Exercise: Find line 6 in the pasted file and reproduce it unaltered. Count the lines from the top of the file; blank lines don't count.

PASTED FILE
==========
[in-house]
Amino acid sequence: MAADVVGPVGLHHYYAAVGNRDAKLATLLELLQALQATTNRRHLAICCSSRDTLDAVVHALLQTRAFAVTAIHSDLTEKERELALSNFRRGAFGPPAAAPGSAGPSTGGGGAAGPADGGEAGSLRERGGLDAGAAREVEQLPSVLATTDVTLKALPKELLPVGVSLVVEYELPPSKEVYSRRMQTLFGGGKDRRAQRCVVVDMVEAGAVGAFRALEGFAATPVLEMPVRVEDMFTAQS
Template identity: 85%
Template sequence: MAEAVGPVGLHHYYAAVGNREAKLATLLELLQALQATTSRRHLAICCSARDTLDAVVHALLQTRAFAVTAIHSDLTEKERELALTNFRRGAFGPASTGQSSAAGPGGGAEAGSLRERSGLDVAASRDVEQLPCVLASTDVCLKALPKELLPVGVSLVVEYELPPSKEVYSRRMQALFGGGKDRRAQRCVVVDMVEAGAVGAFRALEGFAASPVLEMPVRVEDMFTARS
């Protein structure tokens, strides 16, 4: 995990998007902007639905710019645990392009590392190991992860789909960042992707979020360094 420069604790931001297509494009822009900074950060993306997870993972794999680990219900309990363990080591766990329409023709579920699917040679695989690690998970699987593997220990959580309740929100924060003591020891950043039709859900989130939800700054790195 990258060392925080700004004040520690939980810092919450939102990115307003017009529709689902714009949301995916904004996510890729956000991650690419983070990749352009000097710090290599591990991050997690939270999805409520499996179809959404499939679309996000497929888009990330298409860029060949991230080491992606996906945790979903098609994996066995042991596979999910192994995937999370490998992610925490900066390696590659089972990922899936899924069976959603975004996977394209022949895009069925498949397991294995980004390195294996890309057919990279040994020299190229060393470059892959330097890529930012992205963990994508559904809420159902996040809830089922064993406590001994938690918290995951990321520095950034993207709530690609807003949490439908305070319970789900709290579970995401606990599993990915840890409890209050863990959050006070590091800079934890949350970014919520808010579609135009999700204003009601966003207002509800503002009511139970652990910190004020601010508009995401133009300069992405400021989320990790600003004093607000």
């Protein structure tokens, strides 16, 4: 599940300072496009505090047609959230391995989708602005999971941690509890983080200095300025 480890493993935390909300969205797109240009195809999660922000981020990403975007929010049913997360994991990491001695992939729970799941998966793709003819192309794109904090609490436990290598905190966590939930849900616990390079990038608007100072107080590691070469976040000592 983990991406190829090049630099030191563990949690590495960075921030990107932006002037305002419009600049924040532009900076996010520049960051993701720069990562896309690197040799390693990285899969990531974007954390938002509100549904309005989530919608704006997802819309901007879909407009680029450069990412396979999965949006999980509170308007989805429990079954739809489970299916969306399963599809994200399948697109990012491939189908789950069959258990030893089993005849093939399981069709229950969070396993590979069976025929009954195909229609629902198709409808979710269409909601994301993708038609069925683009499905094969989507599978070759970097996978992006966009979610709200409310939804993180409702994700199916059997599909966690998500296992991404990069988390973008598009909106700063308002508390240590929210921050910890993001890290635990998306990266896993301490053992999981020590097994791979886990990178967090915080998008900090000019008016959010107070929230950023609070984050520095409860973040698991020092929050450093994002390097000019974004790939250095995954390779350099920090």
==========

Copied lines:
């Protein structure tokens, strides 16, 4: 599940300072496009505090047609959230391995989708602005999971941690509890983080200095300025 480890493993935390909300969205797109240009195809999660922000981020990403975007929010049913997360994991990491001695992939729970799941998966793709003819192309794109904090609490436990290598905190966590939930849900616990390079990038608007100072107080590691070469976040000592 983990991406190829090049630099030191563990949690590495960075921030990107932006002037305002419009600049924040532009900076996010520049960051993701720069990562896309690197040799390693990285899969990531974007954390938002509100549904309005989530919608704006997802819309901007879909407009680029450069990412396979999965949006999980509170308007989805429990079954739809489970299916969306399963599809994200399948697109990012491939189908789950069959258990030893089993005849093939399981069709229950969070396993590979069976025929009954195909229609629902198709409808979710269409909601994301993708038609069925683009499905094969989507599978070759970097996978992006966009979610709200409310939804993180409702994700199916059997599909966690998500296992991404990069988390973008598009909106700063308002508390240590929210921050910890993001890290635990998306990266896993301490053992999981020590097994791979886990990178967090915080998008900090000019008016959010107070929230950023609070984050520095409860973040698991020092929050450093994002390097000019974004790939250095995954390779350099920090």